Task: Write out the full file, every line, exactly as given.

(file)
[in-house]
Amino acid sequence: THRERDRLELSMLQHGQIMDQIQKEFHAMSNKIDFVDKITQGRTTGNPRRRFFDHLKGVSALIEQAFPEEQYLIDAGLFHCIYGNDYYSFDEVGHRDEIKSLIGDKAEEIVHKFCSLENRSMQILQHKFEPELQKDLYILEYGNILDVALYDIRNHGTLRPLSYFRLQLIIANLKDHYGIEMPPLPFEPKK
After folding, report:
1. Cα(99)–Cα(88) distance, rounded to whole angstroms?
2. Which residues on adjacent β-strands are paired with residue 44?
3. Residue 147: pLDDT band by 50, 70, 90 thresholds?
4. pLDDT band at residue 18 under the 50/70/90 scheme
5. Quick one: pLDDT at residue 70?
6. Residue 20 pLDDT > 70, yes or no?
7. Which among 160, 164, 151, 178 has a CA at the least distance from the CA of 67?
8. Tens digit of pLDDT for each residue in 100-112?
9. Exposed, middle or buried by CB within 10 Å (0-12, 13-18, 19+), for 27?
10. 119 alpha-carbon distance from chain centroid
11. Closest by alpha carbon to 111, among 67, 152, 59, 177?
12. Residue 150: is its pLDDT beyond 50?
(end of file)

[in-house]
Amino acid sequence: THRERDRLELSMLQHGQIMDQIQKEFHAMSNKIDFVDKITQGRTTGNPRRRFFDHLKGVSALIEQAFPEEQYLIDAGLFHCIYGNDYYSFDEVGHRDEIKSLIGDKAEEIVHKFCSLENRSMQILQHKFEPELQKDLYILEYGNILDVALYDIRNHGTLRPLSYFRLQLIIANLKDHYGIEMPPLPFEPKK
After folding, report:
1. Cα(99)–Cα(88) distance, rounded to whole angstroms?
2. Which residues on adjacent β-strands are paired with residue 44?
3. Residue 147: pLDDT band by 50, 70, 90 thresholds?
4. pLDDT band at residue 18 under the 50/70/90 scheme
5. Quick one: pLDDT at residue 70?
6. Residue 20 pLDDT > 70, yes or no?
7. Which among 160, 164, 151, 178 has a CA at the least distance from the CA of 67?
8. Tens digit of pLDDT for each residue in 100-112?
9. Exposed, middle or buried by CB within 10 Å (0-12, 13-18, 19+), for 27?
10. 119 alpha-carbon distance from chain centroid
11. Closest by alpha carbon to 111, among 67, 152, 59, 177?
12. Residue 150: is its pLDDT beyond 50?